A summary of: http://research.microsoft.com/en-us/um/people/lamport/pubs/garbage.pdf
Describes how garbage detection and collection can be performed by a concurrent process.
Attempts to “keep exclusion and synchronization constraints between the process as weak as possible”
Illustrated for Lisp
Their graph has a fixed number of nodes, and each node has at post two outgoing edges (“left” and “right”)
Reachable nodes are “the data structure”, the rest are “garbage”
The operations on the graph (oddly) allow for garbage nodes to become reachable again. How is this possible? How does the program get the garbage node’s address? Specifically we allow:
The GC maintains a “free list” - nodes that have been identified as garbage, i.e. free to be reused
The process takes objects from the free list when “allocating”
The traditional GC implementation is that, when the free list becomes empty, the program pauses and a GC cycle runs
This paper describes an implementation that lets the GC run concurrently to the computation proper
The implementation has a “marking phase” followed by an “appending phase”
The implementation ensures that garbage existing at the beginning of an appending phase will be appended in the next cycle
Atomic operations are denoted with angle brackets
“Program A is finer-grained than program B” means that A and B are semantically the same but splits some atomic operations in B into smaller parts
Finer-grained programs allow more concurrency but are harder to reason about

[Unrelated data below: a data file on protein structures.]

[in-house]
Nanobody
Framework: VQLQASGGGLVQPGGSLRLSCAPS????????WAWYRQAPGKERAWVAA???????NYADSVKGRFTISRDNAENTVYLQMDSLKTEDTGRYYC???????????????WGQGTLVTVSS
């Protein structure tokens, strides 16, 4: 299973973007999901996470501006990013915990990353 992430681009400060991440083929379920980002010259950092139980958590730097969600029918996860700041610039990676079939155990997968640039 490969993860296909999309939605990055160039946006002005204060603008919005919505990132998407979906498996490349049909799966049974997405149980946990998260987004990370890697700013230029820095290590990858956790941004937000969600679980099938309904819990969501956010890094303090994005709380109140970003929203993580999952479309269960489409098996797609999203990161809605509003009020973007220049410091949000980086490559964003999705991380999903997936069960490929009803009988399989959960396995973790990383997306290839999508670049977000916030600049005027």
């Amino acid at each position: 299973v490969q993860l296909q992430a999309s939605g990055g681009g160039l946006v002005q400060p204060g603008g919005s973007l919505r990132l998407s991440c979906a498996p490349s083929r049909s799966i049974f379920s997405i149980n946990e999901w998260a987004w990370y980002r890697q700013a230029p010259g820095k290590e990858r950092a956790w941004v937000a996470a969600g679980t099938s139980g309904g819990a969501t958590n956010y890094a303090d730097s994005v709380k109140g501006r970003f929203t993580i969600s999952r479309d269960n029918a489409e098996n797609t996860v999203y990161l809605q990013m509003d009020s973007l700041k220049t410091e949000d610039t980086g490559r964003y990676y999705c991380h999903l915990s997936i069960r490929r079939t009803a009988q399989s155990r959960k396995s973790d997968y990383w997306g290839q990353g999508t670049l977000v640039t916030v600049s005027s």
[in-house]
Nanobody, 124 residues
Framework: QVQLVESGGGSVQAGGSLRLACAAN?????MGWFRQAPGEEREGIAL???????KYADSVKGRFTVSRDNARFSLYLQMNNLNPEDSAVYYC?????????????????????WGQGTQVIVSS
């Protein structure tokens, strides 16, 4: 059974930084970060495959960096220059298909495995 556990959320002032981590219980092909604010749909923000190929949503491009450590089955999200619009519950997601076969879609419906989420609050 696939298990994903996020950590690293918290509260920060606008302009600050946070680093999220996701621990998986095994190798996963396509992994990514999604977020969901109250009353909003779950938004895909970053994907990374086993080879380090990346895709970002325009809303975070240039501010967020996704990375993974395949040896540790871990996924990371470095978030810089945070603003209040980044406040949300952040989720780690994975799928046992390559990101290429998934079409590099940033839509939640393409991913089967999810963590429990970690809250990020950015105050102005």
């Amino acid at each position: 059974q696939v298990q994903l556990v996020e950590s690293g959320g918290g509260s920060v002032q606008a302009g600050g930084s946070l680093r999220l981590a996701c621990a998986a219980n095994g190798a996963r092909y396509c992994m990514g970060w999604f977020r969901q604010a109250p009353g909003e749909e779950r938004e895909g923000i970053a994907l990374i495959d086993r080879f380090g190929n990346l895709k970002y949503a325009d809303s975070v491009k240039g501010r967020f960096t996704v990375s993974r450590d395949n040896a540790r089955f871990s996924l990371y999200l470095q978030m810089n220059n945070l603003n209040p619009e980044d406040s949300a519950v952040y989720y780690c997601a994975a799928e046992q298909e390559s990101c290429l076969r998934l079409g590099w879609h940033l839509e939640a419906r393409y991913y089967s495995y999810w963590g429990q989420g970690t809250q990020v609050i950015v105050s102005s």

The aim here is for a fine-grained concurrent GC algo
NIL is represented as an object; its two outgoing edges point to itself. This lets us model removal of an edge as just a special case of changing the edge - there are now no nil pointers. So we now have
Changing pointer to another reachable object.
Changing pointer to a not-yet-reachable object.
i.e. there are now just
We are also able to remove case 2 by considering the free list as part of the data structure. We introduce special root nodes such that their reachable set is only NIL and the free list.
Thus the mutator can now only do one thing: change a pointer to another reachable object.
We now have a slight improvement on the classic GC implementation, in which there are three kinds of atomic action:
The mutator has to mark objects in some way when it changes pointers. Otherwise, the mutator can trick the collector into not finding an accessible object, causing the object to incorrectly be put on the free list.
We describe node markings in terms of colors. All nodes initially “white”. All reachable nodes will eventually become black. Thus, nodes which are still white after marking will be garbage. For this process, we have an invariant and a variant.
For the variant, we say that “no node becomes lighter”, i.e. goes from black to white or from grey to white.
For the invariant, we say that “no black node points to a white node”.
When the mutator changes a black node to point to a white node, we must fix it up. We do this by coloring the pointed-at object grey. This satisfies the variant and the invariant.
When the mutator does
a.b = &c, if
c is white, it colors c grey. For simplicity, it does not look at the color of
a. But note that it cannot simply color c grey unconditionally - c could be black. If c is grey or black, it leaves the color alone.
TBC on page 970
I wrote this because I felt like it. This post is my own, and not associated with my employer.Jim. Friends.